Franklin County commissioners said they will proceed with the demolition of the Franklin County Veterans Memorial, despite a last-ditch effort by a veterans group to save the facility.

Franklin County commissioners said they will proceed with the demolition of the Franklin County Veterans Memorial, despite a last-ditch effort by a veterans group to save the facility.

A group calling itself Taxpayers and Veterans for Saving Vets Memorial has submitted a document to the commissioners rebuking their decision to raze the memorial and replace it with the Ohio Veterans Memorial and Museum, which is expected to open in 2016.

"Until the wrecking ball comes crashing through the wall, we'll be fighting to keep it," said Bernie Brogan, a member of the taxpayers and veterans group and commander of American Legion Post 532, 1571 Demorest Road.

The document, dated June 12, calls into question the wisdom of replacing Vets with a "smaller memorial offering none of the flexibility and uses provided by the current facility."

"The Franklin County commissioners are proceeding to do this without the approval of the Franklin County voters and over the objections of the veterans, veterans' groups, organizations and the general public who benefit from the use of this facility," the Taxpayers and Veterans group argues in the document.

Commissioner John O'Grady had told ThisWeek Community News the 60-year-old Veterans Memorial facility is simply outdated and was in need of $10 million in repairs.

Also, the building has often lost money or barely broke even for several years, he said.

The new memorial, meanwhile, will be a statewide draw and a testament to the sacrifices soldiers have made to the country, O'Grady had said.

Taxpayers and Veterans maintains the facility did make a profit in 2011 and 2012, and contributes to the economic vitality of the area.

"I do believe that if they used the thing as they had in the past, use it to its full potential, it would be a money-maker," Brogan said.

Veterans also feel spurned by the decision to tear down the facility, he said, because they will be forced to participate in services in two locations instead of one.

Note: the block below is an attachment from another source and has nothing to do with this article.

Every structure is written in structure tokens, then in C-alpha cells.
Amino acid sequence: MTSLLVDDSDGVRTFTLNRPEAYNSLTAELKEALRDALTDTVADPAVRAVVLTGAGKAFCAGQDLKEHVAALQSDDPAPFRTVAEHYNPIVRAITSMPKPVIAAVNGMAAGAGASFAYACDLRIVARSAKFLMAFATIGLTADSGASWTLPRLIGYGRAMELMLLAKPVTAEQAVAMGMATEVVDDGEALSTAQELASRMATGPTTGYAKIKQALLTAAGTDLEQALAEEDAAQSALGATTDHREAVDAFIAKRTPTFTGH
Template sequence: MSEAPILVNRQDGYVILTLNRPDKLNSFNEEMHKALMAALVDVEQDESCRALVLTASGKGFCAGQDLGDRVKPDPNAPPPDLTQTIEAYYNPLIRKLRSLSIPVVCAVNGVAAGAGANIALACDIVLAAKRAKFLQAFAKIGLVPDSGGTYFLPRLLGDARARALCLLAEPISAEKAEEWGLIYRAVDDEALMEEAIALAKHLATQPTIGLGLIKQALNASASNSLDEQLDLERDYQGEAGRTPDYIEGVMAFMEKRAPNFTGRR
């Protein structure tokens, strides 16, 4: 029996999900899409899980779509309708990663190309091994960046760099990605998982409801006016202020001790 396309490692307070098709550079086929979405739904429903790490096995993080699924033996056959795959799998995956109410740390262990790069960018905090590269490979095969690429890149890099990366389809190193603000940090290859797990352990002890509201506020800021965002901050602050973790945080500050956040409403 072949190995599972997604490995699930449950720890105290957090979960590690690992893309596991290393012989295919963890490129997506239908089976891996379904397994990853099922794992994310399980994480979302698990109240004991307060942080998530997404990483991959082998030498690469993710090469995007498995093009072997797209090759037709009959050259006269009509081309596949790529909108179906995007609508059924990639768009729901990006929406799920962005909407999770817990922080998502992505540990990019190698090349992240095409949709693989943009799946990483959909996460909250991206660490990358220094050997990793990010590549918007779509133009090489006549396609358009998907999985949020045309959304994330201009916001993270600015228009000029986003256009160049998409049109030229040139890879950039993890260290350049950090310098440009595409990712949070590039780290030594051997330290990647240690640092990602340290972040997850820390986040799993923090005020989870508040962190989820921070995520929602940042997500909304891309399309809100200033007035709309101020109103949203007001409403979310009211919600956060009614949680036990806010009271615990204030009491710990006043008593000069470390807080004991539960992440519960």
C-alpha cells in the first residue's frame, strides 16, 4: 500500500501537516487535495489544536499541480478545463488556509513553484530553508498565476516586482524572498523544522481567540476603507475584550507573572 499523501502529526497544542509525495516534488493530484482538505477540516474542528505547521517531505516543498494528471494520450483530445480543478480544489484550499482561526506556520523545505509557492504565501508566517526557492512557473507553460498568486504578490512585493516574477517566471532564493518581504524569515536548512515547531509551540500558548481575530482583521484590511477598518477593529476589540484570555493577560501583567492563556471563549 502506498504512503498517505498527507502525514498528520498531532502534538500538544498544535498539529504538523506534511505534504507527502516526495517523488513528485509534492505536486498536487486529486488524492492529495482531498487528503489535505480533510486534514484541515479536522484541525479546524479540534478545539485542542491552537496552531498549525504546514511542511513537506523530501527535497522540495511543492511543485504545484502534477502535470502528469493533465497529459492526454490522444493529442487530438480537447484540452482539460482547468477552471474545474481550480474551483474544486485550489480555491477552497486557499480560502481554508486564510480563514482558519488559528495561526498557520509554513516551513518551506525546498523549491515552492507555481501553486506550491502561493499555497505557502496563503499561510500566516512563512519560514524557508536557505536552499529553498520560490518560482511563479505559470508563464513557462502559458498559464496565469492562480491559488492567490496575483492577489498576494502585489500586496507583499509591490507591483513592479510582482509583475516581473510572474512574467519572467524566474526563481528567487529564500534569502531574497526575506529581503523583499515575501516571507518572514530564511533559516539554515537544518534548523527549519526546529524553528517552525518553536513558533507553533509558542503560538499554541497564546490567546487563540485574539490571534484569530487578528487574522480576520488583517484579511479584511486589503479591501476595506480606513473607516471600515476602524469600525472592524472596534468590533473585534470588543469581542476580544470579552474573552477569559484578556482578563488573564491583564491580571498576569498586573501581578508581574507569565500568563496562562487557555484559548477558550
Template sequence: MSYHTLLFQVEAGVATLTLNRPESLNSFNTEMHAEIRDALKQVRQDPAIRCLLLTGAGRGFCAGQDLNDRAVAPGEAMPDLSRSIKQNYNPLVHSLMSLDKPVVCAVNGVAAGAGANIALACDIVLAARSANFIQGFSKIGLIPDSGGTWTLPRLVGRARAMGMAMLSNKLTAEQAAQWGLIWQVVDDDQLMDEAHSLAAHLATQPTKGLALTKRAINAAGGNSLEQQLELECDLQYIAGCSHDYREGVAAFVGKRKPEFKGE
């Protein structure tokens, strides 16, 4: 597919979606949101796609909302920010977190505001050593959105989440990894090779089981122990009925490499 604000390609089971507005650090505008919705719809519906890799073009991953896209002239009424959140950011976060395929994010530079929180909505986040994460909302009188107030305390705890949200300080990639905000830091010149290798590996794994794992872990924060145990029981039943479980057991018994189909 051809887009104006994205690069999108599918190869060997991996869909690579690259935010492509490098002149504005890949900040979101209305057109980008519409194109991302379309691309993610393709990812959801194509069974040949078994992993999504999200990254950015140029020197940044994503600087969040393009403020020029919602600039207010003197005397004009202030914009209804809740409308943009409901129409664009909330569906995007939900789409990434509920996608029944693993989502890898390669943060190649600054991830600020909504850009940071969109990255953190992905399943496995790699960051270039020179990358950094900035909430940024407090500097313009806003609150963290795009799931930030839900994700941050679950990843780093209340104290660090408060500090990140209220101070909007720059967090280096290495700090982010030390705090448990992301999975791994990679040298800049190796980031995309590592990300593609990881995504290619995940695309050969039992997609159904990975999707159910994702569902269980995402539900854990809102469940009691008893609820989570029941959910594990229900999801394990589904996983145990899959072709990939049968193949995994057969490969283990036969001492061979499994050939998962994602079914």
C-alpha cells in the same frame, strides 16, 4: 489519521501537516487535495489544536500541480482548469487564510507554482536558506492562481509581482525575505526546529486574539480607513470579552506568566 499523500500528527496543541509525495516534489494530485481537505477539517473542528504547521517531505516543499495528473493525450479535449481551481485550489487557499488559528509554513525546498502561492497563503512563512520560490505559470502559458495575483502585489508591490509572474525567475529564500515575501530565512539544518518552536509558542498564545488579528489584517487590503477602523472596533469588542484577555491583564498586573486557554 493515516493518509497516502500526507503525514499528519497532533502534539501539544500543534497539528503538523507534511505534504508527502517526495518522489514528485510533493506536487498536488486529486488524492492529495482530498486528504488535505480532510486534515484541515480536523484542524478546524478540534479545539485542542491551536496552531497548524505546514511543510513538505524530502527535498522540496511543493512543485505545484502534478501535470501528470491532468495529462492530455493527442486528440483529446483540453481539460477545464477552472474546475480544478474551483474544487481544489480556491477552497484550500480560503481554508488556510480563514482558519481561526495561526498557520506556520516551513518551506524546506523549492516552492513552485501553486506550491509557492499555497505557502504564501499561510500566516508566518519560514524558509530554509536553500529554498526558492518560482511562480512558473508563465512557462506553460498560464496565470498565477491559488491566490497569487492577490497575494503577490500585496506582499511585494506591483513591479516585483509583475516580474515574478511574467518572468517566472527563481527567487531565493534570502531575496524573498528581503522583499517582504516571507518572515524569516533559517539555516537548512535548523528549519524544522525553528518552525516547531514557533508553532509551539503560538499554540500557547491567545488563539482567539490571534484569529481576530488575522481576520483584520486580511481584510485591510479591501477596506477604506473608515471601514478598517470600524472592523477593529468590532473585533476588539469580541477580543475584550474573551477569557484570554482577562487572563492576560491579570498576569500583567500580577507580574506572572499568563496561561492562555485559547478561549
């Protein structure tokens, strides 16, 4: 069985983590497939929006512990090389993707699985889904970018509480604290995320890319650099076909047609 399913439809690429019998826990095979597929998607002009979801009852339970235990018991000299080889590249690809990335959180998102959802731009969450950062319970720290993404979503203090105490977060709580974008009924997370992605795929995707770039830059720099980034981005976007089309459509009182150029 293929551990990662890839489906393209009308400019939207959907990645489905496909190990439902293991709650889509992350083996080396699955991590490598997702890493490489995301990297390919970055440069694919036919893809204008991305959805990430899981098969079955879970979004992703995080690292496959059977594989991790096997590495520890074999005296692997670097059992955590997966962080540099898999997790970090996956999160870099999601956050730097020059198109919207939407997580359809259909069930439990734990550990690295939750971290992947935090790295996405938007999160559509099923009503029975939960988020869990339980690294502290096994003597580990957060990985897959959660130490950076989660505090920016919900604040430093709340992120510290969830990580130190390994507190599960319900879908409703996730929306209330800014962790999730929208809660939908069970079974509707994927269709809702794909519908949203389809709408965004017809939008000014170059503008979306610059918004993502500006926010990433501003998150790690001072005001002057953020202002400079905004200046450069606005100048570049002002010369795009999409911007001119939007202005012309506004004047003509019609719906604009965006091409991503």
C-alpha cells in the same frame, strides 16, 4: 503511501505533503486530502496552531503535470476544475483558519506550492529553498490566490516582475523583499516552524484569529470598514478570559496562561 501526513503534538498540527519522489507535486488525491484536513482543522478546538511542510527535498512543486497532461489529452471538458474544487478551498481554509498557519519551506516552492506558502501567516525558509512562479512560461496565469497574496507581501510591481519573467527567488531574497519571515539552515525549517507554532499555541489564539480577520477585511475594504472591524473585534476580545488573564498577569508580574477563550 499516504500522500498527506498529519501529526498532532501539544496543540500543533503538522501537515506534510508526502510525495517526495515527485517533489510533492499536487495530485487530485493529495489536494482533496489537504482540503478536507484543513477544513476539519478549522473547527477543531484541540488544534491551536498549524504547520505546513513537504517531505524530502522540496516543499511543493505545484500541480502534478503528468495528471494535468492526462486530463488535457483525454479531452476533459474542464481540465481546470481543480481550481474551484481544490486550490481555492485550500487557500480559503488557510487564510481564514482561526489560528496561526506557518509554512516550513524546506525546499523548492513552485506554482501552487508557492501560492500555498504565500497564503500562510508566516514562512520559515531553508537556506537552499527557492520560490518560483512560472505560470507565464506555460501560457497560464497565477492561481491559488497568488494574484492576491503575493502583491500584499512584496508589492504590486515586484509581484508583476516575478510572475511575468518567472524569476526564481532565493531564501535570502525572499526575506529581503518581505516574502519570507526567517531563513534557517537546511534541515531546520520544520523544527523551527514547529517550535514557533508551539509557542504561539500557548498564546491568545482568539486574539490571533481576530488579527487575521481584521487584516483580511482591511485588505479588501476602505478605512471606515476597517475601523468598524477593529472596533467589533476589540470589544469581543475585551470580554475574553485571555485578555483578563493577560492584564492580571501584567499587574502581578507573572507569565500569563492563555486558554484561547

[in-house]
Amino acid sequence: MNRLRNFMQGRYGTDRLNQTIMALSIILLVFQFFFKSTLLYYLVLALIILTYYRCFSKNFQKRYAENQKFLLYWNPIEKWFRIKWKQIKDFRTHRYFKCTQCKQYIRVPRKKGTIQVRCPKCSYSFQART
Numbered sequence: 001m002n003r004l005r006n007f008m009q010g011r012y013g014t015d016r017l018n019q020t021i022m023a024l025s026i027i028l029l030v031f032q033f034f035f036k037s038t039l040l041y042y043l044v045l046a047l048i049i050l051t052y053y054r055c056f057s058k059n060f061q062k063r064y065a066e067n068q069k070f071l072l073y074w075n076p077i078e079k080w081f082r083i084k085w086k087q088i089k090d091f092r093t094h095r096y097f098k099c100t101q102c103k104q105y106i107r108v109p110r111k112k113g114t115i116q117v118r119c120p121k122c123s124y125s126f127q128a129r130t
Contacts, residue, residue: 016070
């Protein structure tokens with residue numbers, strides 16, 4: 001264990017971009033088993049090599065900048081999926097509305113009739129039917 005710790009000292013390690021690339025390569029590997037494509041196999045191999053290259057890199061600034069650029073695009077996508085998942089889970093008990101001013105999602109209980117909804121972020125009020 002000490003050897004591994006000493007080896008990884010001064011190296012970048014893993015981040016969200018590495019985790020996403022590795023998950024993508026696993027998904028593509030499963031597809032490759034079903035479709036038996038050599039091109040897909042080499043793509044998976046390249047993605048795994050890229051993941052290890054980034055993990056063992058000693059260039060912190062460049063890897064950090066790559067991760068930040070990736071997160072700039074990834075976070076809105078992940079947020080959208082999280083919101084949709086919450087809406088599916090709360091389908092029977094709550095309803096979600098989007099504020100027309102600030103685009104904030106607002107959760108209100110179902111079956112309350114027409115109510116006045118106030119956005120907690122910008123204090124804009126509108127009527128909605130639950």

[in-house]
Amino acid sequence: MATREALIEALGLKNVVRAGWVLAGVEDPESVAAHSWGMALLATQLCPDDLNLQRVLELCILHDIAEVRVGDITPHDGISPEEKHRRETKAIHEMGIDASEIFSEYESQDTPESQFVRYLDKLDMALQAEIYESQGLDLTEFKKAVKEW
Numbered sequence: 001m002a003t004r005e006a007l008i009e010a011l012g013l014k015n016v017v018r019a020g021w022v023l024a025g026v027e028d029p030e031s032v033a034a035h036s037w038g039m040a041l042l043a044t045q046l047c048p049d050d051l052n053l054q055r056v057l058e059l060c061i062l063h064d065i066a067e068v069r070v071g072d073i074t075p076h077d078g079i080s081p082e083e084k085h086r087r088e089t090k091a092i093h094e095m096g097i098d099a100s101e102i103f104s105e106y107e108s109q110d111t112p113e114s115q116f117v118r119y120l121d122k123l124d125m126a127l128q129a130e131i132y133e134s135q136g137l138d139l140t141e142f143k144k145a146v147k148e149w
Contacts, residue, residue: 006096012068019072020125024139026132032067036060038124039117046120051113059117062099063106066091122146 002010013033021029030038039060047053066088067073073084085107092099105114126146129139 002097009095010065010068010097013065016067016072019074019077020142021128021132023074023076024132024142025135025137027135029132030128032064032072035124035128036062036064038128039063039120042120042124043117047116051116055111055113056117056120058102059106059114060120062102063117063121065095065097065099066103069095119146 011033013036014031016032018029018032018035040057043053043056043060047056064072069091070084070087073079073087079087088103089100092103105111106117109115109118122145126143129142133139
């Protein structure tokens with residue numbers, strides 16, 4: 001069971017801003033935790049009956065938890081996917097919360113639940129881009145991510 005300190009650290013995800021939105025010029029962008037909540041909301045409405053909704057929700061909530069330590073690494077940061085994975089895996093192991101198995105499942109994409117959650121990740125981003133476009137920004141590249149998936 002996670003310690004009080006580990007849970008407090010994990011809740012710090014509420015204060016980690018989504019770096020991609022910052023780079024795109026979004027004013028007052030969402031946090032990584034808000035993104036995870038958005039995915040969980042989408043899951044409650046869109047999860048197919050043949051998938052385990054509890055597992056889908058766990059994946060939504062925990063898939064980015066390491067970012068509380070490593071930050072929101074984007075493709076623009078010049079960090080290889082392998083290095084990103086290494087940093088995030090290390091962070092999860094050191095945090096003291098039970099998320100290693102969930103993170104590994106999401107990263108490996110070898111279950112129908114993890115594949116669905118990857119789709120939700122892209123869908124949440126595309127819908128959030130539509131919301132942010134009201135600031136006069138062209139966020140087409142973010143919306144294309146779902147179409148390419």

In addition, the Franklin County Veterans Service Commission, which is located inside the current Veterans Memorial, essentially was forced to move to unattractive accommodations on Broad Street with no on-site parking.

"It's very inconvenient," Brogan said. "It's just a slap in the face."

The commission did consent to the move after other office options were presented.

Hannah Greer, spokeswoman for the Franklin County Board of Commissioners, said plans are proceeding for the demolition.

Greer, who said she hadn't seen the document from Taxpayers and Veterans, said there's little chance the commissioners will reverse their decision.

"The property is already in contract and we're moving forward with plans to develop an Ohio Veterans Memorial and Museum on the Scioto Peninsula north of Broad Street," Greer said.

Franklin County has committed $3 million for its construction and $2.6 million for the Vets Memorial demolition.

Limited Brands founder Leslie H. Wexner and his wife, Abigail, have contributed $25 million toward the new facility's construction. Another $15 million came from the state.

The new memorial and museum are part of an overall plan to revitalize the 56-acre Scioto Peninsula, which would also include retail and residential redevelopment.

A proposed tax increase by the Columbus Zoo and Aquarium, part of which would have contributed to building Downtown Adventure, a new satellite zoo on the peninsula, was defeated by voters at the May ballot.

The satellite zoo facility was to be a key piece in the redevelopment plans.

The last events will be held in Veterans Memorial on July 31. Environmental abatement and clean-up efforts will begin this fall and demolition should start at the end of the year.